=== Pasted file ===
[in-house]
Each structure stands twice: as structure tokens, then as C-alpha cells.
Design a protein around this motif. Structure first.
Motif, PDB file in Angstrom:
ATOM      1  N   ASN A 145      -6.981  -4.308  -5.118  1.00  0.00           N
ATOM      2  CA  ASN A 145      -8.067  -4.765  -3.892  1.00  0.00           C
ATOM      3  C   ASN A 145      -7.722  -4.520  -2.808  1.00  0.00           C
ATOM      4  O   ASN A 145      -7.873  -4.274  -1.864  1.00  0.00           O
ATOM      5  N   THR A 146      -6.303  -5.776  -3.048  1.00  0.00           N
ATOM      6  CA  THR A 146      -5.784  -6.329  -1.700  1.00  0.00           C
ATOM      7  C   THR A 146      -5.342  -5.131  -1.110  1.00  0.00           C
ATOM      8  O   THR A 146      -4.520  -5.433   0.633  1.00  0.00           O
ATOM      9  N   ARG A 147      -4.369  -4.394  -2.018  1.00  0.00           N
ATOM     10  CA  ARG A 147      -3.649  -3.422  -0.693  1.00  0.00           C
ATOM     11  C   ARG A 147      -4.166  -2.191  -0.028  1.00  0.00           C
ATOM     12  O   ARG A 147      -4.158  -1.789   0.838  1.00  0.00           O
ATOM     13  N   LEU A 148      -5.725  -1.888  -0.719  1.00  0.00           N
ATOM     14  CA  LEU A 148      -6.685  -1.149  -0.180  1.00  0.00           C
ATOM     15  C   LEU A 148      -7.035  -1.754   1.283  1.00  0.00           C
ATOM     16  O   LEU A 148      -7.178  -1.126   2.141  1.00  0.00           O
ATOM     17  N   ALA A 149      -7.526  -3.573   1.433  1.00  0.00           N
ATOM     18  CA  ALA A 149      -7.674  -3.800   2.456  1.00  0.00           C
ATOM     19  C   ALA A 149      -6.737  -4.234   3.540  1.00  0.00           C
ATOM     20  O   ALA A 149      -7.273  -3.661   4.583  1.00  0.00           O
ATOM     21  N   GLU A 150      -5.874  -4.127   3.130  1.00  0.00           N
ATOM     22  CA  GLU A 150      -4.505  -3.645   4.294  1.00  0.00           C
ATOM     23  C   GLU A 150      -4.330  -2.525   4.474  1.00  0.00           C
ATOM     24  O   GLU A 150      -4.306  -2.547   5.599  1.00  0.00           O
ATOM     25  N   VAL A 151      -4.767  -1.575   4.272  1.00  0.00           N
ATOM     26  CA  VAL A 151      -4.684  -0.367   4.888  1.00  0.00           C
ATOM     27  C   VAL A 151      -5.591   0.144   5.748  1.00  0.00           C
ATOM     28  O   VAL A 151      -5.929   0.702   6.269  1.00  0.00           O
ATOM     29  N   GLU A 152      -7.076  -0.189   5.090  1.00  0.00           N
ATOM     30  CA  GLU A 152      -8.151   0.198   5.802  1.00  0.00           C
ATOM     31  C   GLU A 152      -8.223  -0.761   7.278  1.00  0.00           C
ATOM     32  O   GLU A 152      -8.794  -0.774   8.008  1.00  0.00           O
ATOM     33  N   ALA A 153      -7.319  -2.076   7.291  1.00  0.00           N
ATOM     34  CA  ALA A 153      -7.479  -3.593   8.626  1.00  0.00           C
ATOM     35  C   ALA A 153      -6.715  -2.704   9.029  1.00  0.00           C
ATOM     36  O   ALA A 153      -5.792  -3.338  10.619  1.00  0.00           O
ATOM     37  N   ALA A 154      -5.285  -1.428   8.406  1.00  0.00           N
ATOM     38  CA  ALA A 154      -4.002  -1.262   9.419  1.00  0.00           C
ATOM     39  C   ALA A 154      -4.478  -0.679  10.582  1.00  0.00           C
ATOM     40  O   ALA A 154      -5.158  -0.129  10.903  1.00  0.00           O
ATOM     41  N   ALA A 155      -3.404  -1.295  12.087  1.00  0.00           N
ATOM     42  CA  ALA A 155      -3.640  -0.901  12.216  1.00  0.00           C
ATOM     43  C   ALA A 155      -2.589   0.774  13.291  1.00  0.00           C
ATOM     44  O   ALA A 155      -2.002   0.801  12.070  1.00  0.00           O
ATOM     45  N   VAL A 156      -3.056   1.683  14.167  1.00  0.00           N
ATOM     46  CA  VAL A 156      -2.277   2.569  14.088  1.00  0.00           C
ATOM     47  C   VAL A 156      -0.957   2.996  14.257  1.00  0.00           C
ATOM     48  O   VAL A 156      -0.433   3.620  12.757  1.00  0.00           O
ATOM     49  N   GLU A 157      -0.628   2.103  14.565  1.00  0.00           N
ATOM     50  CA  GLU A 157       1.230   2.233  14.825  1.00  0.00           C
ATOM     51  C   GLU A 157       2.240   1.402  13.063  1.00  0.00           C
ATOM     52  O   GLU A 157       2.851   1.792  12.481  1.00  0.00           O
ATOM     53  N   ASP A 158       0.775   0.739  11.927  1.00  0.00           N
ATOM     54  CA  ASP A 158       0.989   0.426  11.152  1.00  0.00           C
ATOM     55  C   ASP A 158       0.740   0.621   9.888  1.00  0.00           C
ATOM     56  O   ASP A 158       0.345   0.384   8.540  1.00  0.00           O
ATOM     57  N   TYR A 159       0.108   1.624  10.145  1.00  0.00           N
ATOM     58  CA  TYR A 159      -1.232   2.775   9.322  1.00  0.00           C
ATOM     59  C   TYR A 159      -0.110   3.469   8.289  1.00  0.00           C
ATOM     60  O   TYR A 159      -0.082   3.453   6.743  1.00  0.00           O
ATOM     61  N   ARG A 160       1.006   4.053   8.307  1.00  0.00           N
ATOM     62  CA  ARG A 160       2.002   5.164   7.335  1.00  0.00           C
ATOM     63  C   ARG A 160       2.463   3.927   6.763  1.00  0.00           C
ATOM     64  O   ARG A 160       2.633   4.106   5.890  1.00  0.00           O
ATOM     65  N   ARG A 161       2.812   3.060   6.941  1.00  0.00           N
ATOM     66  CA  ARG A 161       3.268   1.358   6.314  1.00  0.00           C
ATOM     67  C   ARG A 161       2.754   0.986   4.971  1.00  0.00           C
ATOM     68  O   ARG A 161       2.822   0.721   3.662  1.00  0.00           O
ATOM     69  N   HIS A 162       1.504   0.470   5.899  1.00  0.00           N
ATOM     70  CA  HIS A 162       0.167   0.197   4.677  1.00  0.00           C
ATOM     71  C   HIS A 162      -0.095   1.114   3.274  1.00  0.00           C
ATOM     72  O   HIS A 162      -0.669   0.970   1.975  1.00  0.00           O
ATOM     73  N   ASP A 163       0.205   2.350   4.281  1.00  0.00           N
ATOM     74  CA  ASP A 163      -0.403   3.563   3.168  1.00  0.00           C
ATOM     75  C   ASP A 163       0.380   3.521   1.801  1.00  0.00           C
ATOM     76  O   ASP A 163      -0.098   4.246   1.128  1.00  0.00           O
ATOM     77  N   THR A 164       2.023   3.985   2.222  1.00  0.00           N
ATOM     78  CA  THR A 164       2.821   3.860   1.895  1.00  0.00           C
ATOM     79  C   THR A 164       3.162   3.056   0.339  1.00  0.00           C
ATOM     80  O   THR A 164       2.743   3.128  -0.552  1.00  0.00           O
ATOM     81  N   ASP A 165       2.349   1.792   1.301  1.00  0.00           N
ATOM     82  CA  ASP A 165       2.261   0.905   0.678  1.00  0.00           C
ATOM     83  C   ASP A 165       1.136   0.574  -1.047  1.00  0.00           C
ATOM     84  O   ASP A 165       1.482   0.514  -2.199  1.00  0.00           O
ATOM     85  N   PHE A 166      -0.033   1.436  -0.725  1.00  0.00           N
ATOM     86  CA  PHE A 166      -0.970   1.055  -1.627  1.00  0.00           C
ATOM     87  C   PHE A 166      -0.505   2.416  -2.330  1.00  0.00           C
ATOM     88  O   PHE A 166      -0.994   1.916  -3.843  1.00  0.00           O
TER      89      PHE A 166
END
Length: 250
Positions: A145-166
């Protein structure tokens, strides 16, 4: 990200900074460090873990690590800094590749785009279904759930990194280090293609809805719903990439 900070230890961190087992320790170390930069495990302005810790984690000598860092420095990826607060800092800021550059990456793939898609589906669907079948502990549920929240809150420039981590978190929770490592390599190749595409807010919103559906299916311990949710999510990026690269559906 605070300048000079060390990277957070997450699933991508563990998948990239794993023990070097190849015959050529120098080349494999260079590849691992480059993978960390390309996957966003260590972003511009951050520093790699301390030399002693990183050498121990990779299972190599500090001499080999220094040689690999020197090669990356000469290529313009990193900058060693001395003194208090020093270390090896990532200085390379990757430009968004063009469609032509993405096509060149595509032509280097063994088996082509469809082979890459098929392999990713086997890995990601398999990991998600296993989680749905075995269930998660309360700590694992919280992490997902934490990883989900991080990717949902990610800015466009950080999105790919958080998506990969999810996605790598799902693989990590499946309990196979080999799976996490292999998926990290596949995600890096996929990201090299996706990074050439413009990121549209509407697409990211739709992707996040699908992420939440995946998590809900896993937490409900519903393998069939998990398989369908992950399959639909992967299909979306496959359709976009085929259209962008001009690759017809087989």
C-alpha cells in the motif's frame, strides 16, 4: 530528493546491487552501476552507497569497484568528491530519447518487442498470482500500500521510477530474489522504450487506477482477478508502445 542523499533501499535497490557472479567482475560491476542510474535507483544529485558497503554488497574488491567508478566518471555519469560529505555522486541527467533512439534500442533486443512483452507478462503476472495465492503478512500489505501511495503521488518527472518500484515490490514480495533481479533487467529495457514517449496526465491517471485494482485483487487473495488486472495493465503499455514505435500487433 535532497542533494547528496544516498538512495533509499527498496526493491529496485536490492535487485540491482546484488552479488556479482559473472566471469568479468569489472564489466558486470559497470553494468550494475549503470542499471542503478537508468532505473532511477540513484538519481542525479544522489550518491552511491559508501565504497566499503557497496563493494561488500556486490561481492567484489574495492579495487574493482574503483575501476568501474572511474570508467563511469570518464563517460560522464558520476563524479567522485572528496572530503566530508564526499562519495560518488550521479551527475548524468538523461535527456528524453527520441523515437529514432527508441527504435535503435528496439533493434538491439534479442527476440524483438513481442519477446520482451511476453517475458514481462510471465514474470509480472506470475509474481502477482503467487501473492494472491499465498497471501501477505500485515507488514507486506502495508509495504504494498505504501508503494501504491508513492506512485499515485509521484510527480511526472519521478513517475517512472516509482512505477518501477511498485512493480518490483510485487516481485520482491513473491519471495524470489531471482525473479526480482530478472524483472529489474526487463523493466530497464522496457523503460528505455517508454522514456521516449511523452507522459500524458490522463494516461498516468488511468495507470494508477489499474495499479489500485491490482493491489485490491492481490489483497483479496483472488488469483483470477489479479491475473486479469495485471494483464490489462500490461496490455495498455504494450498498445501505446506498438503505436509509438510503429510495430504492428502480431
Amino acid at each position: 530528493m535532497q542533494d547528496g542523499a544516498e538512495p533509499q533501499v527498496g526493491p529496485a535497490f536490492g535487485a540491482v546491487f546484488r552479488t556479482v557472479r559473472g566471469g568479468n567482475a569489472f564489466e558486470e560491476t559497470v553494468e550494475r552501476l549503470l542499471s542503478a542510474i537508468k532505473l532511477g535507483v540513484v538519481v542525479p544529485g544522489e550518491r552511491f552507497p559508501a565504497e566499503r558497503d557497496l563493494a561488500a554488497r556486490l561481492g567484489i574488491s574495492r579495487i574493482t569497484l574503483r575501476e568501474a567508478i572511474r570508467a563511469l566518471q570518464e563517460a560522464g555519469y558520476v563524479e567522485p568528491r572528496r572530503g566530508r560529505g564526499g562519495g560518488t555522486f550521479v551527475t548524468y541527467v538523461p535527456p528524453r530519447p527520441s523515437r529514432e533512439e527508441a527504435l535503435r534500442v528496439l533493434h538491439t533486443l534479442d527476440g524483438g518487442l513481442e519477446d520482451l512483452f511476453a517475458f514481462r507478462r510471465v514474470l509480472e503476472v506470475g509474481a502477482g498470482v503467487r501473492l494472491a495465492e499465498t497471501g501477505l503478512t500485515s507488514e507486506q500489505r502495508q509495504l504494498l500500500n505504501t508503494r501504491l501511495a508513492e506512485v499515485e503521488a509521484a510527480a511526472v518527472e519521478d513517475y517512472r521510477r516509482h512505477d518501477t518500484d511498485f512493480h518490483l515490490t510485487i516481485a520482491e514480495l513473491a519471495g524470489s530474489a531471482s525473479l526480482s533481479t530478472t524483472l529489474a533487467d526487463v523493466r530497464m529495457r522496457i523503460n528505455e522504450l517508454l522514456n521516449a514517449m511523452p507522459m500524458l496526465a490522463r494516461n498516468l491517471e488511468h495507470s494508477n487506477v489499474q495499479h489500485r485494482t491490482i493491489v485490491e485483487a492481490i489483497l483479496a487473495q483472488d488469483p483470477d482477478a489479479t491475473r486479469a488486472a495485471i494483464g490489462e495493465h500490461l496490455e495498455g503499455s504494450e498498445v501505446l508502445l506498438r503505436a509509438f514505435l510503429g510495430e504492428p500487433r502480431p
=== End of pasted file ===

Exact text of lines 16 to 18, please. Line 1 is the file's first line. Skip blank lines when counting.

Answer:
ATOM     12  O   ARG A 147      -4.158  -1.789   0.838  1.00  0.00           O
ATOM     13  N   LEU A 148      -5.725  -1.888  -0.719  1.00  0.00           N
ATOM     14  CA  LEU A 148      -6.685  -1.149  -0.180  1.00  0.00           C